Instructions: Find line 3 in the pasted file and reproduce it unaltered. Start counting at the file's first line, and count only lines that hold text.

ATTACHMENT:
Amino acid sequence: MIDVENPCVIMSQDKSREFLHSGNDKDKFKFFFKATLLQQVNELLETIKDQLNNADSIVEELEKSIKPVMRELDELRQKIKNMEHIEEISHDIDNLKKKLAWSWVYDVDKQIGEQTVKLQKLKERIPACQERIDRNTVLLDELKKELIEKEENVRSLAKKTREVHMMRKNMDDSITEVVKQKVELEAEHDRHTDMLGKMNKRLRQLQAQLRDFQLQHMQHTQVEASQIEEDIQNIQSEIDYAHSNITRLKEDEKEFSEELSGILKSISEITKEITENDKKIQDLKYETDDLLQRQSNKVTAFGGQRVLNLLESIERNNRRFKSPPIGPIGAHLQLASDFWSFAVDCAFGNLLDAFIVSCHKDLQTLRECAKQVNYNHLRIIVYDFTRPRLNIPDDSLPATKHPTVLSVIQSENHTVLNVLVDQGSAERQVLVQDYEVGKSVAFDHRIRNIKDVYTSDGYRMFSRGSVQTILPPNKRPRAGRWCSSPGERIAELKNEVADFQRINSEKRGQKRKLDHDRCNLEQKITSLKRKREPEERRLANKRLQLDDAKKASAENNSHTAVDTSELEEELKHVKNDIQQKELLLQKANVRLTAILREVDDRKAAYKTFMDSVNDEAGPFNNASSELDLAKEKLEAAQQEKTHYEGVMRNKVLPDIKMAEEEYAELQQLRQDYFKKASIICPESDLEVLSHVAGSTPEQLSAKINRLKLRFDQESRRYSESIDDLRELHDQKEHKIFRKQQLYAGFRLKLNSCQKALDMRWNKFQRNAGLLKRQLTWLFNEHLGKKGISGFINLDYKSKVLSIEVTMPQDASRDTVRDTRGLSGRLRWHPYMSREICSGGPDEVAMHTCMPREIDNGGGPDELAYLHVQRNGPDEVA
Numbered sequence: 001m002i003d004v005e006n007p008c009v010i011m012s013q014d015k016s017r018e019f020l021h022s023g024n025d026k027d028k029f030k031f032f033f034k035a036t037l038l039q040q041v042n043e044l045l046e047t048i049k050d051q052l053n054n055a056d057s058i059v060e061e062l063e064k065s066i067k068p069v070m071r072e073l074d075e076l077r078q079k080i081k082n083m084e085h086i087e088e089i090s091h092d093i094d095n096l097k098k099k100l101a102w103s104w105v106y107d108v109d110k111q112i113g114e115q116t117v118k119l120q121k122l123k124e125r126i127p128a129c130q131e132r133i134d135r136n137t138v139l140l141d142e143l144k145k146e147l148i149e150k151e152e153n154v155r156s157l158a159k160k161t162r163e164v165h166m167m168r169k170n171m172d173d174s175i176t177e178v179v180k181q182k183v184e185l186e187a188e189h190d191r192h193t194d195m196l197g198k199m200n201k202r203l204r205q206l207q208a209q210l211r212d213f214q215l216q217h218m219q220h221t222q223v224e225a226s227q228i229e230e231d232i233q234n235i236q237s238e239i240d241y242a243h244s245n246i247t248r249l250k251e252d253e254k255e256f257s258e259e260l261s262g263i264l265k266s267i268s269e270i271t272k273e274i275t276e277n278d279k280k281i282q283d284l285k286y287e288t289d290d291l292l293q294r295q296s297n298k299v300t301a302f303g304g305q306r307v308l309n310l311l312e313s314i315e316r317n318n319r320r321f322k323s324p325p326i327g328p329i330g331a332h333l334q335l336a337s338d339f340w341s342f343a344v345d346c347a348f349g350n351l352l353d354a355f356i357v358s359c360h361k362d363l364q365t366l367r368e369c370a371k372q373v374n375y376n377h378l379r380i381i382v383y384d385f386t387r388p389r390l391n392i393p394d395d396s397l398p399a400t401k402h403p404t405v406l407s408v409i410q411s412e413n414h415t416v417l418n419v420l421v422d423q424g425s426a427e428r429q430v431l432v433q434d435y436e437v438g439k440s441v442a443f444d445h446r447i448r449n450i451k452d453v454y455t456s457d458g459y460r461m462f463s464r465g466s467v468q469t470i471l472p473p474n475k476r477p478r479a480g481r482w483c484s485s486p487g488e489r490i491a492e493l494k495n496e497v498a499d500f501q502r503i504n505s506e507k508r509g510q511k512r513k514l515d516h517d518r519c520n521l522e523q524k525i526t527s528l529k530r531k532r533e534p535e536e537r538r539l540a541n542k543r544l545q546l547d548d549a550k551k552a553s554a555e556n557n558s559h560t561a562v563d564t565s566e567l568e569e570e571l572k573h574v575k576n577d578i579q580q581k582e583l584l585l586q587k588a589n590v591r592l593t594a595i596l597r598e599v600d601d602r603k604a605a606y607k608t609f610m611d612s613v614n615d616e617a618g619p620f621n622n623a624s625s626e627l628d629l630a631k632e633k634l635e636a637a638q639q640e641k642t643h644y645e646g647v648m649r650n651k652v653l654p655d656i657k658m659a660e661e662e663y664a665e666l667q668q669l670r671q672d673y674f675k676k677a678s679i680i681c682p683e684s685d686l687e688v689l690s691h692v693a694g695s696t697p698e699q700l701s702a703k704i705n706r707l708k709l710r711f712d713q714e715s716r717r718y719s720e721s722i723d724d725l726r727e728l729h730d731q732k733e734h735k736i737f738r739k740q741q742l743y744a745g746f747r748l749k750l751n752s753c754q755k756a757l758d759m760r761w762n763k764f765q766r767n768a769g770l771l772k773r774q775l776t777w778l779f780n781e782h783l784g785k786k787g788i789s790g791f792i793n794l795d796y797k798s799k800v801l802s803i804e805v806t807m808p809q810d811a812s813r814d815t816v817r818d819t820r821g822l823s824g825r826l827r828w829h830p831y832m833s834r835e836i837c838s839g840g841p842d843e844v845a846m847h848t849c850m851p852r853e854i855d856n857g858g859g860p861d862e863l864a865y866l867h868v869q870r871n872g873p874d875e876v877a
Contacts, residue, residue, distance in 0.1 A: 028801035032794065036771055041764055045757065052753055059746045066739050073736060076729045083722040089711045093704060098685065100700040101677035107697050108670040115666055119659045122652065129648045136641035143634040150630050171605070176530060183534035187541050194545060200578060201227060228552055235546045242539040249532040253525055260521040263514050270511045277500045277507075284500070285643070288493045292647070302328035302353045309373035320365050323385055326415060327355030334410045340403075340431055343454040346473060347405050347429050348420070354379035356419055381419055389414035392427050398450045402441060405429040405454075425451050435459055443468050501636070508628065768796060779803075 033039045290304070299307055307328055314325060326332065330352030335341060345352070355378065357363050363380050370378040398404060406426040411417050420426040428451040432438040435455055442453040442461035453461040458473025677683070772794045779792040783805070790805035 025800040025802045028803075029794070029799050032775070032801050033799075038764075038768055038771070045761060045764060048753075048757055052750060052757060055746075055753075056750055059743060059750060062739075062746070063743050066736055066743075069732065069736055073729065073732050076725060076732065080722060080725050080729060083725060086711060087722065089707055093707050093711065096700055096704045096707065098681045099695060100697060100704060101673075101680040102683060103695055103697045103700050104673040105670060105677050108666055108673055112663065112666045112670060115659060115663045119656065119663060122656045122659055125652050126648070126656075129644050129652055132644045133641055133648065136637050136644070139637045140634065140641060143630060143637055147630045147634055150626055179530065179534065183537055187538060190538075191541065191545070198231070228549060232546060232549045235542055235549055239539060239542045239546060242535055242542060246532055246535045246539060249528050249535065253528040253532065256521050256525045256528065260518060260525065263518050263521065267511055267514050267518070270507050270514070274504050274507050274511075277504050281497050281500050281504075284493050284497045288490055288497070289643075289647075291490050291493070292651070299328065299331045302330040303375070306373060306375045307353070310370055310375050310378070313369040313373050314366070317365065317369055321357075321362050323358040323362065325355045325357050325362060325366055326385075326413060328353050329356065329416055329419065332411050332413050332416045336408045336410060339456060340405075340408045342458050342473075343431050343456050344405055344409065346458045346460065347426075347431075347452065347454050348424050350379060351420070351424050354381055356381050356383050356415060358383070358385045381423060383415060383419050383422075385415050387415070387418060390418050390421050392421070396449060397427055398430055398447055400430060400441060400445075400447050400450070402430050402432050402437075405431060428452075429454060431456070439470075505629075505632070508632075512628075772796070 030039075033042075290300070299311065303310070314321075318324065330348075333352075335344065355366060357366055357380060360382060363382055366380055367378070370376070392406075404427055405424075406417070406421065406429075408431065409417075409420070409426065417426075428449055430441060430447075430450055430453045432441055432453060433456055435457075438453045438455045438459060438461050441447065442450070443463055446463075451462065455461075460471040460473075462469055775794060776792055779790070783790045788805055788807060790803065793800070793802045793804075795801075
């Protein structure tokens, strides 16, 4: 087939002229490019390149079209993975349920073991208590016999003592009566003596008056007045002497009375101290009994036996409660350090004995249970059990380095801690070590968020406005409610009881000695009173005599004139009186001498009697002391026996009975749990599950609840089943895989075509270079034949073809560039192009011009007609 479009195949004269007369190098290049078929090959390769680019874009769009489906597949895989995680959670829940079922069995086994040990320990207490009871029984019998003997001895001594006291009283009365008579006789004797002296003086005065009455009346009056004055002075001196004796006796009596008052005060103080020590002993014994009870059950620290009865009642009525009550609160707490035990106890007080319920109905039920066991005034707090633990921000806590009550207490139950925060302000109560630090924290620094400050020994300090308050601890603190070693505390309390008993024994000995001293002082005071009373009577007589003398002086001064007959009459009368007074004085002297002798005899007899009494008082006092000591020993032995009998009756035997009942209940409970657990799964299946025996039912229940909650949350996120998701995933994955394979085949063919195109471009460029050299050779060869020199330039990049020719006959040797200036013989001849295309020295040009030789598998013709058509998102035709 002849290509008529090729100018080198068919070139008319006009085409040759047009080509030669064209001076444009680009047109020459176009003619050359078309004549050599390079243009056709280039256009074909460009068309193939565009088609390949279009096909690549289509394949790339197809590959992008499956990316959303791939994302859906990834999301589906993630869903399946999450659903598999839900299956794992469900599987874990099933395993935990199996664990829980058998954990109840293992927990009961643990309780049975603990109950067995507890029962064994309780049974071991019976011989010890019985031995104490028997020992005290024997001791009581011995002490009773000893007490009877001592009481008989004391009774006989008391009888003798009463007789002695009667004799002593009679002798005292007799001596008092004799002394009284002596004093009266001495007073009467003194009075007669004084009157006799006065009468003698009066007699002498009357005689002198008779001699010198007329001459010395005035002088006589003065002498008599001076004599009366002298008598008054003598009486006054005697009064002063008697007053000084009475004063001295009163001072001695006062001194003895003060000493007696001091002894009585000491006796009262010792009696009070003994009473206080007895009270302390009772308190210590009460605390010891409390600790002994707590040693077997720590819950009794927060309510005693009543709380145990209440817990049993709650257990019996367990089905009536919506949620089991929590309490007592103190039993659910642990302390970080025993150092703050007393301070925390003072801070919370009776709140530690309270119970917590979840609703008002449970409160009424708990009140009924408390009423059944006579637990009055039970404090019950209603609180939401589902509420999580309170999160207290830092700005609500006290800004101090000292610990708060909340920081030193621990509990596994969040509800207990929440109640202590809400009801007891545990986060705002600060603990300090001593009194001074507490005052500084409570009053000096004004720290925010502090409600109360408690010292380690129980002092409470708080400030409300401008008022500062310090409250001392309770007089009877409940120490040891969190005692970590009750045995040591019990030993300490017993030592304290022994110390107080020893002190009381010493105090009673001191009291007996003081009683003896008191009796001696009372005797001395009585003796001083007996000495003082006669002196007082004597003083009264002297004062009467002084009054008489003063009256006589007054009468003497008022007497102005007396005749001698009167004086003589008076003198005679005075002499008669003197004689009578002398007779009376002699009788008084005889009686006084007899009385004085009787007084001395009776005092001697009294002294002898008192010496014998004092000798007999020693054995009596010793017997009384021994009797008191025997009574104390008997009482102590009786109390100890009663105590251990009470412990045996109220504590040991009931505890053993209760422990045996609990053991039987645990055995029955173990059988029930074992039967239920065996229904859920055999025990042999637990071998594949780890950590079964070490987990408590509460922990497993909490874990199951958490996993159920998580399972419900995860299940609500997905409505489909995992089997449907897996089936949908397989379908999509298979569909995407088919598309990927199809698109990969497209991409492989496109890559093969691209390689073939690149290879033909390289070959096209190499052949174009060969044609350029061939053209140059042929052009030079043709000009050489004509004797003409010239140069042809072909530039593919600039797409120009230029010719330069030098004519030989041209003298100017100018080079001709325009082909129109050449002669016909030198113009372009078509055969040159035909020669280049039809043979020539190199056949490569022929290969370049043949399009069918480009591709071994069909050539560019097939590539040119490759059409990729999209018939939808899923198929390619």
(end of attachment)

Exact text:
Contacts, residue, residue, distance in 0.1 A: 028801035032794065036771055041764055045757065052753055059746045066739050073736060076729045083722040089711045093704060098685065100700040101677035107697050108670040115666055119659045122652065129648045136641035143634040150630050171605070176530060183534035187541050194545060200578060201227060228552055235546045242539040249532040253525055260521040263514050270511045277500045277507075284500070285643070288493045292647070302328035302353045309373035320365050323385055326415060327355030334410045340403075340431055343454040346473060347405050347429050348420070354379035356419055381419055389414035392427050398450045402441060405429040405454075425451050435459055443468050501636070508628065768796060779803075 033039045290304070299307055307328055314325060326332065330352030335341060345352070355378065357363050363380050370378040398404060406426040411417050420426040428451040432438040435455055442453040442461035453461040458473025677683070772794045779792040783805070790805035 025800040025802045028803075029794070029799050032775070032801050033799075038764075038768055038771070045761060045764060048753075048757055052750060052757060055746075055753075056750055059743060059750060062739075062746070063743050066736055066743075069732065069736055073729065073732050076725060076732065080722060080725050080729060083725060086711060087722065089707055093707050093711065096700055096704045096707065098681045099695060100697060100704060101673075101680040102683060103695055103697045103700050104673040105670060105677050108666055108673055112663065112666045112670060115659060115663045119656065119663060122656045122659055125652050126648070126656075129644050129652055132644045133641055133648065136637050136644070139637045140634065140641060143630060143637055147630045147634055150626055179530065179534065183537055187538060190538075191541065191545070198231070228549060232546060232549045235542055235549055239539060239542045239546060242535055242542060246532055246535045246539060249528050249535065253528040253532065256521050256525045256528065260518060260525065263518050263521065267511055267514050267518070270507050270514070274504050274507050274511075277504050281497050281500050281504075284493050284497045288490055288497070289643075289647075291490050291493070292651070299328065299331045302330040303375070306373060306375045307353070310370055310375050310378070313369040313373050314366070317365065317369055321357075321362050323358040323362065325355045325357050325362060325366055326385075326413060328353050329356065329416055329419065332411050332413050332416045336408045336410060339456060340405075340408045342458050342473075343431050343456050344405055344409065346458045346460065347426075347431075347452065347454050348424050350379060351420070351424050354381055356381050356383050356415060358383070358385045381423060383415060383419050383422075385415050387415070387418060390418050390421050392421070396449060397427055398430055398447055400430060400441060400445075400447050400450070402430050402432050402437075405431060428452075429454060431456070439470075505629075505632070508632075512628075772796070 030039075033042075290300070299311065303310070314321075318324065330348075333352075335344065355366060357366055357380060360382060363382055366380055367378070370376070392406075404427055405424075406417070406421065406429075408431065409417075409420070409426065417426075428449055430441060430447075430450055430453045432441055432453060433456055435457075438453045438455045438459060438461050441447065442450070443463055446463075451462065455461075460471040460473075462469055775794060776792055779790070783790045788805055788807060790803065793800070793802045793804075795801075